1. When hunting in snow, outfit any gun dog with a blaze-orange vest...
1. When hunting in snow, outfit any gun dog with a blaze-orange vest (either made from neoprene or fabric) for better visibility in heavy cover and to protect the pooch from cold temperatures, high winds and balls of ice that drag down body temperatures.
2. Use dog boots (made from nylon, neoprene, leather or rubber) to protect canine feet from the formation of painful ice pellets that can form between the toes of any breed with hairy feet.
3. Use an e-collar with a remotely activated beeper locator to keep track of your dog when hunting snow-covered cattail sloughs, thick grass in CRP and dense stands of crops in food plots where any dog is difficult to see.
4. Bring a Thermos of hot chicken noodle soup as a snack to revive a dog hunting in the snow during high wind and low air temperatures. Also include a peanut butter and jelly sandwich to feed to any canine as a way to regenerate energy levels.
5. Use a 12 gauge with 1 ¼ ounces of hard No. 5 shot traveling at 1,500 feet per second to penetrate feathers, hit vital organs and break the bones of tough late-season pheasants.
6. Wear sweat-shedding underwear and breathable Polartec outerwear when walking in snow to avoid getting wet and then cold from perspiration. Leather boots with moisture-proof and breathable Gortex will keep feet warm and dry as opposed to rubber boots, which collect sweat and cause cold toes.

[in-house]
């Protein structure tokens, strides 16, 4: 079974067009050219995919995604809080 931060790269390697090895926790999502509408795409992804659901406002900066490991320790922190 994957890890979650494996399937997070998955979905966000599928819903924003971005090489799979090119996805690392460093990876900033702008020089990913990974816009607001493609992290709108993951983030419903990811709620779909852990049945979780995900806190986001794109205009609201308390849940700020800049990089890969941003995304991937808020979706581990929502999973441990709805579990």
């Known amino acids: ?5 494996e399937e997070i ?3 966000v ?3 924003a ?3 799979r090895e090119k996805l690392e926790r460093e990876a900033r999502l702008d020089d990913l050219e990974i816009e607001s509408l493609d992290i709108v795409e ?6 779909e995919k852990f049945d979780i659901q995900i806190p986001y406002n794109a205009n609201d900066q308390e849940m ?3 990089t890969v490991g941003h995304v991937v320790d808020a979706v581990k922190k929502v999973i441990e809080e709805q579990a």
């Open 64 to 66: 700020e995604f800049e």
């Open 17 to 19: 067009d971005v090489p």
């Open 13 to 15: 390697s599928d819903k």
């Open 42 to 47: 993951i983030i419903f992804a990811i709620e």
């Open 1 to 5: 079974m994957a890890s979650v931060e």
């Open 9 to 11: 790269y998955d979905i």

7. Use a baseball-type cap with an all-mesh crown covered by a thin, lightweight and breathable knit stocking cap to keep your head warm and dry (not hot and sweaty) when tromping through snow.
8. For those who want to hunt pheasants in the snow in January, February and March, go to a hunting preserve in any of the pheasant belt states in the Upper Midwest.
9. Check the weather forecast before planning to hunt pheasants in the snow because the science of predicting short-range and long-range weather patterns is now so much better, thanks to sophisticated computer models.
10. Hunting rooster pheasants in the winter snow is a good game management practice because there are always more male pheasants than are needed for reproduction in the next spring and summer. Harvesting the excess population of cock birds reduces the competition with hens for food and increases the chances for hen survival--and more eggs, chicks and adult roosters the next year.